25th ID in Vietnam


I was poking around youtube looking for fuzzy kittens and came across this little clip. I hate Dan Rather, but it IS an interesting clip. Notice the M14s, and M14E2s. Also, the heavy artillery, the 175mm gun? Look at the size of the powder charge they put in that thing. No wonder the 175mm was the longest range tube we had.

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Filed under army, ARMY TRAINING, ducks, guns, history

4 responses to “25th ID in Vietnam

  1. Just what we discussed the other day. M-14s & 175s! That was the Army I knew, long, long, ago. But then, I played with dinosaurs as a child.

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  2. Quartermaster

    When my father was stationed in Germany ’66-’69, USAEUR still carried M-14s. Most of the new stuff was going to Vietnam. During the same period, Army Aviation in Europe was almost all powered by reciprocating engines. There were a few Hueys, mostly ‘B’ models. The ‘H’ models were going to Vietnam with the castoffs slowly making their way to Europe. Prague spring (the ’68 Soviet invasion of Czechoslovakia) threw a real scare into the Army. A REFORGER exercise was staged in fall ’68 as a result.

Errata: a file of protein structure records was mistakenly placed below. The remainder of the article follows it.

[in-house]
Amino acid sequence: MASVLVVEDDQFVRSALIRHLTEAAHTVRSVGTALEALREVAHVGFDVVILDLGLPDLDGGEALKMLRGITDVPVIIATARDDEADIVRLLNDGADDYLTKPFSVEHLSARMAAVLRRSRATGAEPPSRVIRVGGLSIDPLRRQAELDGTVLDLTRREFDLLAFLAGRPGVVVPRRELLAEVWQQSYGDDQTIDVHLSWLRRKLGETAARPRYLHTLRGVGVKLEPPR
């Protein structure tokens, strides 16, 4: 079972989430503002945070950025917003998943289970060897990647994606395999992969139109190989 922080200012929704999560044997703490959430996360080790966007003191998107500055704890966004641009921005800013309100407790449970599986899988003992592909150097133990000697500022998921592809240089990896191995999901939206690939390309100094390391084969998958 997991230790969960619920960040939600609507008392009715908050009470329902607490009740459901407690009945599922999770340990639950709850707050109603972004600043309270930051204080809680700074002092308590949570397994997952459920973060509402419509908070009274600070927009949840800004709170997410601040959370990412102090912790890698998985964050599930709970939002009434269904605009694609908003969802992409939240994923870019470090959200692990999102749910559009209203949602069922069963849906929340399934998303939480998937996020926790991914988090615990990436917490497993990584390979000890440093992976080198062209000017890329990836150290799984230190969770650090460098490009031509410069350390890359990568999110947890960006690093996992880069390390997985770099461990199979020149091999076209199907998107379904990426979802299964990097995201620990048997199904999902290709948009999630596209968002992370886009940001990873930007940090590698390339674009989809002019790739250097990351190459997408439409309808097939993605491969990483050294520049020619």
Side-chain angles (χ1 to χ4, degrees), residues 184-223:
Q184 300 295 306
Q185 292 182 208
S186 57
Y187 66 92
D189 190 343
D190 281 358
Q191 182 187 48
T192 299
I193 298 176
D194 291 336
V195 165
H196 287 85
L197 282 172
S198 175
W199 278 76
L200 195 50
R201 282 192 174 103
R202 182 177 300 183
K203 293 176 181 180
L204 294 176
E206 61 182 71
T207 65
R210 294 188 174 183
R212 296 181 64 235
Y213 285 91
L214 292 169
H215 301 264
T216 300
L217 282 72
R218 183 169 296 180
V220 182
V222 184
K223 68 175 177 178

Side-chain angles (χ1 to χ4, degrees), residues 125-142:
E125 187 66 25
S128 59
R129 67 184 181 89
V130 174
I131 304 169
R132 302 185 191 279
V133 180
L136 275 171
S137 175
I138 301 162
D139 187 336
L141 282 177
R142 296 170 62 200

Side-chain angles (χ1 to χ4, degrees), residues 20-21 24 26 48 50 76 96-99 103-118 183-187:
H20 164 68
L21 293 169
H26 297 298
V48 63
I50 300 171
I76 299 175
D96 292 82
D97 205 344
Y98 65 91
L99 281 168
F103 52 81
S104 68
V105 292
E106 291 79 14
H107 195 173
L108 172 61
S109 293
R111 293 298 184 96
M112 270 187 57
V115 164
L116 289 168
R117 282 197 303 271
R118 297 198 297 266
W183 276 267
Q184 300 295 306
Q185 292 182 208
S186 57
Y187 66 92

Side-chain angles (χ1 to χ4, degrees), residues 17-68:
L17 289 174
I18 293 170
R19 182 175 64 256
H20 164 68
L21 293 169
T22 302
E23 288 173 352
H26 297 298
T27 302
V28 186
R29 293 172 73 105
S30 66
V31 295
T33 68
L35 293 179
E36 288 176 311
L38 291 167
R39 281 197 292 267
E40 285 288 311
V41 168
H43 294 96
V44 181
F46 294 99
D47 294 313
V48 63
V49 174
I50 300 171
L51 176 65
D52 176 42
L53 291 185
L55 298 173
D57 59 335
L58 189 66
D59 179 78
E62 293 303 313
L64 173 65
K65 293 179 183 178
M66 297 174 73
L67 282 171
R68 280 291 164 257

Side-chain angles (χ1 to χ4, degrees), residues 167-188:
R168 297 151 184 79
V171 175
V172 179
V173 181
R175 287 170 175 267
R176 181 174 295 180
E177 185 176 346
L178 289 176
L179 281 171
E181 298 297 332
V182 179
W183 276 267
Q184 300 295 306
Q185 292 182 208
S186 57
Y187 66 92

If I had my druthers, I’d carry a 14 with the E2 stock. While it’s heavier, along with the ammo, I prefer good terminal ballistics and range.

    The Army used to field an 8″ gun, which is about 200mm. Or, am I misremembering?

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    • The 175 went away in the 70s. Since about the late 50′s, early 60s, the Army fielded the M110 8″ (203mm) howitzer. Over the years, the tube was extended, then fitted with a muzzle break. It was primarily issued to Corps supporting artillery brigades. It was in service through Desert Storm, then replaced by the MLRS rocket system.

      The M110 didn’t have the range of the 175, but was considered to be a very accurate system, and a very successful gun.

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